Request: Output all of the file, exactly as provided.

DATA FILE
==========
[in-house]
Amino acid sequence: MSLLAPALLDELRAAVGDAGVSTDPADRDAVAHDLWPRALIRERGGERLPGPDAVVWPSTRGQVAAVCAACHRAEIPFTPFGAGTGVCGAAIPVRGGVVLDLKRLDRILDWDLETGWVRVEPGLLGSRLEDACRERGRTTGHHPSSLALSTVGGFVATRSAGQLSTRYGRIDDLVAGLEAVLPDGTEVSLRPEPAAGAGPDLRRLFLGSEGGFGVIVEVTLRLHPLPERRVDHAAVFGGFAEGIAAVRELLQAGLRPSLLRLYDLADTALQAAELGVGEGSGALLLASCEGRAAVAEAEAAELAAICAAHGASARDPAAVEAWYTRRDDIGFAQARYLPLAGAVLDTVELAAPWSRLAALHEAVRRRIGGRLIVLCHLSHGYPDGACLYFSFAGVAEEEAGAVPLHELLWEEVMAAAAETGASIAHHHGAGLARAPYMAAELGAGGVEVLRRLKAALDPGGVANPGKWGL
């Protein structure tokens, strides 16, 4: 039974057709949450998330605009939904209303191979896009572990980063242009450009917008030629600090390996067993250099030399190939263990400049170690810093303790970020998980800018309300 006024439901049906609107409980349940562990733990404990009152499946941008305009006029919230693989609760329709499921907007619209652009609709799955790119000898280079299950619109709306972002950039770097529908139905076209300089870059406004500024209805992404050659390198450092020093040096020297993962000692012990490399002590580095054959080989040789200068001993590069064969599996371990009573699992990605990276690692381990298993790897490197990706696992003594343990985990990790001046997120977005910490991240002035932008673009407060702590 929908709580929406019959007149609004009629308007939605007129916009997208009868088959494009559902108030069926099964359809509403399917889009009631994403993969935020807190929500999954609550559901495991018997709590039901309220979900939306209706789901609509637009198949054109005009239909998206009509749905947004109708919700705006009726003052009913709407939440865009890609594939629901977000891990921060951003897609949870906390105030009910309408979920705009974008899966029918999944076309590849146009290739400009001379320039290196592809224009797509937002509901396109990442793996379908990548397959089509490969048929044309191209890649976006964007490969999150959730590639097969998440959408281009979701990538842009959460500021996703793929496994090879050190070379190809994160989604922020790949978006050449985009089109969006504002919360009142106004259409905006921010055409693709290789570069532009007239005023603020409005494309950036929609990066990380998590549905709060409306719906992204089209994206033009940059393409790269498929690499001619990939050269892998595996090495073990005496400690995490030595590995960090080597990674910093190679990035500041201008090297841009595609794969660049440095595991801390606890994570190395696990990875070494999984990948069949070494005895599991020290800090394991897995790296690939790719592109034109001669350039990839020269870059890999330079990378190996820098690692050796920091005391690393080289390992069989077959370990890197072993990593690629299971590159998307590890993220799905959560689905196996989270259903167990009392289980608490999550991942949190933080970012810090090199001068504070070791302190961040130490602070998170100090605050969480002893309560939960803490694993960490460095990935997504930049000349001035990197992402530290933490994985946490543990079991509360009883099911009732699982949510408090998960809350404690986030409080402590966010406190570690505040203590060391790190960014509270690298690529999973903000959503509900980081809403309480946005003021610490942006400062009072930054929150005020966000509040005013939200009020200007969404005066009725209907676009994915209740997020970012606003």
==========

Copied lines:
[in-house]
Amino acid sequence: MSLLAPALLDELRAAVGDAGVSTDPADRDAVAHDLWPRALIRERGGERLPGPDAVVWPSTRGQVAAVCAACHRAEIPFTPFGAGTGVCGAAIPVRGGVVLDLKRLDRILDWDLETGWVRVEPGLLGSRLEDACRERGRTTGHHPSSLALSTVGGFVATRSAGQLSTRYGRIDDLVAGLEAVLPDGTEVSLRPEPAAGAGPDLRRLFLGSEGGFGVIVEVTLRLHPLPERRVDHAAVFGGFAEGIAAVRELLQAGLRPSLLRLYDLADTALQAAELGVGEGSGALLLASCEGRAAVAEAEAAELAAICAAHGASARDPAAVEAWYTRRDDIGFAQARYLPLAGAVLDTVELAAPWSRLAALHEAVRRRIGGRLIVLCHLSHGYPDGACLYFSFAGVAEEEAGAVPLHELLWEEVMAAAAETGASIAHHHGAGLARAPYMAAELGAGGVEVLRRLKAALDPGGVANPGKWGL
């Protein structure tokens, strides 16, 4: 039974057709949450998330605009939904209303191979896009572990980063242009450009917008030629600090390996067993250099030399190939263990400049170690810093303790970020998980800018309300 006024439901049906609107409980349940562990733990404990009152499946941008305009006029919230693989609760329709499921907007619209652009609709799955790119000898280079299950619109709306972002950039770097529908139905076209300089870059406004500024209805992404050659390198450092020093040096020297993962000692012990490399002590580095054959080989040789200068001993590069064969599996371990009573699992990605990276690692381990298993790897490197990706696992003594343990985990990790001046997120977005910490991240002035932008673009407060702590 929908709580929406019959007149609004009629308007939605007129916009997208009868088959494009559902108030069926099964359809509403399917889009009631994403993969935020807190929500999954609550559901495991018997709590039901309220979900939306209706789901609509637009198949054109005009239909998206009509749905947004109708919700705006009726003052009913709407939440865009890609594939629901977000891990921060951003897609949870906390105030009910309408979920705009974008899966029918999944076309590849146009290739400009001379320039290196592809224009797509937002509901396109990442793996379908990548397959089509490969048929044309191209890649976006964007490969999150959730590639097969998440959408281009979701990538842009959460500021996703793929496994090879050190070379190809994160989604922020790949978006050449985009089109969006504002919360009142106004259409905006921010055409693709290789570069532009007239005023603020409005494309950036929609990066990380998590549905709060409306719906992204089209994206033009940059393409790269498929690499001619990939050269892998595996090495073990005496400690995490030595590995960090080597990674910093190679990035500041201008090297841009595609794969660049440095595991801390606890994570190395696990990875070494999984990948069949070494005895599991020290800090394991897995790296690939790719592109034109001669350039990839020269870059890999330079990378190996820098690692050796920091005391690393080289390992069989077959370990890197072993990593690629299971590159998307590890993220799905959560689905196996989270259903167990009392289980608490999550991942949190933080970012810090090199001068504070070791302190961040130490602070998170100090605050969480002893309560939960803490694993960490460095990935997504930049000349001035990197992402530290933490994985946490543990079991509360009883099911009732699982949510408090998960809350404690986030409080402590966010406190570690505040203590060391790190960014509270690298690529999973903000959503509900980081809403309480946005003021610490942006400062009072930054929150005020966000509040005013939200009020200007969404005066009725209907676009994915209740997020970012606003």